[Gadi Adelman is] "Leading in the movement in the study of counter-terrorism", Dr. Walid Phares, Advisor to the Anti-Terrorism Caucus in the US House of Representatives

Counter What?

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Counter What?

On June 28, the Obama administration released its National Strategy for Counterterrorism. When “terrorism” is changed to “manmade catastrophes”, what exactly are they countering?

In the second paragraph of the Overview of the National Strategy for Counterterrorism it states,

The United States deliberately uses the word “war” to describe our relentless campaign against al-Qa’ida. However, this Administration has made it clear that we are not at war with the tactic of terrorism or the religion of Islam.  We are at war with a specific organization—al-Qa’ida.

I could easily end the article here and let you ponder that one statement, but the National Strategy for Counterterrorism goes oh so much farther. This 19 page “strategy” is anything but and is just one more example of how well the current administration can waste time, man power and your money.

You would think that by now, ten years after 9/11, that those that have been elected, to among other things, protect the American people, would have some sort of grasp on counter terrorism. You would think that, but you would be wrong.

Last Sunday on the anniversary of 9/11 during each and every speech I heard over and over again that “it has been ten years and we have not been attacked”, really?

I guess Nidal Hassan and the Foot Hood shooting didn’t really happen after 9/11/01 or in even in the United States. I must have been mistaken about the Christmas day bomber, Umar Farouk Abdulmutallab who attempted to set off his Fruit of the looms; I thought it was Christmas day 2009. Granted he didn’t succeed, but it was an attack nonetheless. I could go on here naming others from Shahzad Faisal, the Times Square SUV bomber to the D.C. snipers John Allen Muhammad, and Lee Boyd Malvo, but you get my point.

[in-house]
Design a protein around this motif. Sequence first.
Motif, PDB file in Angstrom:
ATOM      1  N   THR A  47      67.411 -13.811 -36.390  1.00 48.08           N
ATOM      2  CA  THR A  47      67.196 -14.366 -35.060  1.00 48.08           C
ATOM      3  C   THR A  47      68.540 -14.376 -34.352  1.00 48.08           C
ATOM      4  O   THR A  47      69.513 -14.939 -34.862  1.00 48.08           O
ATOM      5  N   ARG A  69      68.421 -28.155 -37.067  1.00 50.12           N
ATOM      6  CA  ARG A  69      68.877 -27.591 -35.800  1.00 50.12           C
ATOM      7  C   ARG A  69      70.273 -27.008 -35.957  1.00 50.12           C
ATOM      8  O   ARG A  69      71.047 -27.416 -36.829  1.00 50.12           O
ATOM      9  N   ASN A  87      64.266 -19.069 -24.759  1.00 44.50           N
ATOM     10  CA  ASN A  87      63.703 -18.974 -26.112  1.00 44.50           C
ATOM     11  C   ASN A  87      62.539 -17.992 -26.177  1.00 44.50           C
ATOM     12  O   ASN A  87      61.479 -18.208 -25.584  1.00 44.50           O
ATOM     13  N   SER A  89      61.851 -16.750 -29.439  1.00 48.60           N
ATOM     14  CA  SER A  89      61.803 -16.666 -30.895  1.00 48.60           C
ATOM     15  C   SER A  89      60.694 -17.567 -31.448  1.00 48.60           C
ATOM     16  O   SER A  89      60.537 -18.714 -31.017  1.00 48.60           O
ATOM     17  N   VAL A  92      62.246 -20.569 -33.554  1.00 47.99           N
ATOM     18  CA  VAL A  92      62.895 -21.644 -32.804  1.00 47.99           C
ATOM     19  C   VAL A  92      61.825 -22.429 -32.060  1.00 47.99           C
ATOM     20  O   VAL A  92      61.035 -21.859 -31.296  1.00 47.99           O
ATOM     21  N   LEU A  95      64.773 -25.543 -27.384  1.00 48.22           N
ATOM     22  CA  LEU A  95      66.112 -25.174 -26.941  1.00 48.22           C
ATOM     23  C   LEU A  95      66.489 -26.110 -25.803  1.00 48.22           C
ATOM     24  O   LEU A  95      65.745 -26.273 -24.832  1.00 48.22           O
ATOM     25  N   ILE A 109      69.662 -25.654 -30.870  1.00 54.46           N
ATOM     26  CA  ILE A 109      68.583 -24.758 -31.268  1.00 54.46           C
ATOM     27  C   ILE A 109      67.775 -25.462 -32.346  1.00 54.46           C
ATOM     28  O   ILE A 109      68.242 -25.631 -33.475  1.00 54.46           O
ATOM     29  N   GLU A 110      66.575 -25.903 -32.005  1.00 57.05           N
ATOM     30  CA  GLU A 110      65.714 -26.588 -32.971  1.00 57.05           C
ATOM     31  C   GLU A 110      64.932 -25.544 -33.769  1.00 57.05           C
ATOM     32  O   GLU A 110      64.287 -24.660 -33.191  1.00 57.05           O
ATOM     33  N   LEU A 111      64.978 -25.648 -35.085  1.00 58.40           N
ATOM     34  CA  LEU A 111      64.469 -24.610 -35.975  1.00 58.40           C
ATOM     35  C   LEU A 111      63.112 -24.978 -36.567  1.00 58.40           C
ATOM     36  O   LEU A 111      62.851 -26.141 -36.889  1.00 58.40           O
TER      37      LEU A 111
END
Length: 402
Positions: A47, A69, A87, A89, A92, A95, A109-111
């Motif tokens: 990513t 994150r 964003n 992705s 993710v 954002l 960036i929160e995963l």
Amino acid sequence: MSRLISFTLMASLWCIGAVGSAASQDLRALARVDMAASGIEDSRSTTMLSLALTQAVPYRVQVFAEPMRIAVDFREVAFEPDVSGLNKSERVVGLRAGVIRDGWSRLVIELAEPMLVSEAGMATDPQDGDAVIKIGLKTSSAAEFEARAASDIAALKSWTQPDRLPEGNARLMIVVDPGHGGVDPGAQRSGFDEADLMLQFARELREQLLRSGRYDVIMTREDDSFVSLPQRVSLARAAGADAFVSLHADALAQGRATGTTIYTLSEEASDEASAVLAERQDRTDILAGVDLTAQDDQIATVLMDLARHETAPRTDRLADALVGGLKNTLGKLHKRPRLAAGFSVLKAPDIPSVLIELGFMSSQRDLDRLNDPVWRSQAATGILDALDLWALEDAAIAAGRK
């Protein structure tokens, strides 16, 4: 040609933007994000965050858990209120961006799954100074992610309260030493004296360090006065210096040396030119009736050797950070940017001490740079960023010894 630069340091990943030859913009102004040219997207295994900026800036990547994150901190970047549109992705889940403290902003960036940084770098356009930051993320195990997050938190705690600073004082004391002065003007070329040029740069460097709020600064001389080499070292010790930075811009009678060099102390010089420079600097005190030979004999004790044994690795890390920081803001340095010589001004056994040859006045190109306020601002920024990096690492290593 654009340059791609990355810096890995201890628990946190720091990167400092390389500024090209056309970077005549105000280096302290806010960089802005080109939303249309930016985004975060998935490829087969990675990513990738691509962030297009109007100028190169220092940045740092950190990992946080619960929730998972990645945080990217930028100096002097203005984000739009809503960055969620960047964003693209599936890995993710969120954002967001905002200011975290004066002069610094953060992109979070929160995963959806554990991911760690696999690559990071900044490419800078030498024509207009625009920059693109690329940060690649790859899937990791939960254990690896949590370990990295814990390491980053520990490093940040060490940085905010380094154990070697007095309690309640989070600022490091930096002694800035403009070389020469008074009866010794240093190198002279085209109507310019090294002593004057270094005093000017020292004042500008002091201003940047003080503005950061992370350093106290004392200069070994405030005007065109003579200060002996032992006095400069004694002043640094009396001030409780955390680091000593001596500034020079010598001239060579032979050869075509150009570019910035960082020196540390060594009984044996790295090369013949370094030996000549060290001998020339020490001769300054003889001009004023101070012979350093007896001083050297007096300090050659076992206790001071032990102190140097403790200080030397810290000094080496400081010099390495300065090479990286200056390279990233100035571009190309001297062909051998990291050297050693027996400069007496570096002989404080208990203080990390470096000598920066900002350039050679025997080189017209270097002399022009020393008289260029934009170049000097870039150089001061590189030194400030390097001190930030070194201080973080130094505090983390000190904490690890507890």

In the introduction of the 19 page strategy it states,

As we approach the 10th anniversary of that day, we can look forward with confidence in our accomplishments and pride in the resiliency of our nation.  We have prevented another catastrophic attack on our shores…

Oh, so I guess in this case Foot Hood wasn’t “catastrophic”? Tell that to the family, friends and co-workers of the 14 people shot dead that day,or to those that survived that will never be able to sleep well again.

First and foremost the entire strategy is based on one enemy and one enemy only. No, not terror or terrorism, remember that is a “tactic not an enemy”.  It clearly states over and over again the enemy is “al-Qa’ida”. It mentions “al-Qa’ida” 165 times in its 19 pages.

It does however offer a definition. In the section “The Threat We Face” it states,

The principal focus of the National Strategy for Counterterrorism is the collection of groups and individuals who comprise al-Qa’ida and its affiliates and adherents.

Affiliates: Groups that have aligned with al-Qa’ida.

Adherents: Individuals who have formed collaborative relationships with, act on behalf of, or are otherwise inspired to take action in furtherance of the goals of al-Qa’ida —the organization and the ideology—including by engaging in violence regardless of whether such violence is targeted at the United States, its citizens, or its interests.

I think the way that the definition is worded it would cover any organization that commits a terrorist act. Wouldn’t it be easier to say “terrorists”? Just sayin’...

On September 9 of this year, just days before the 9/11 anniversary, Secretary of State Hillary Clinton touched on the new National Strategy for Counterterrorism while giving a speech at the John Jay School of Criminal Justice in New York. She stated,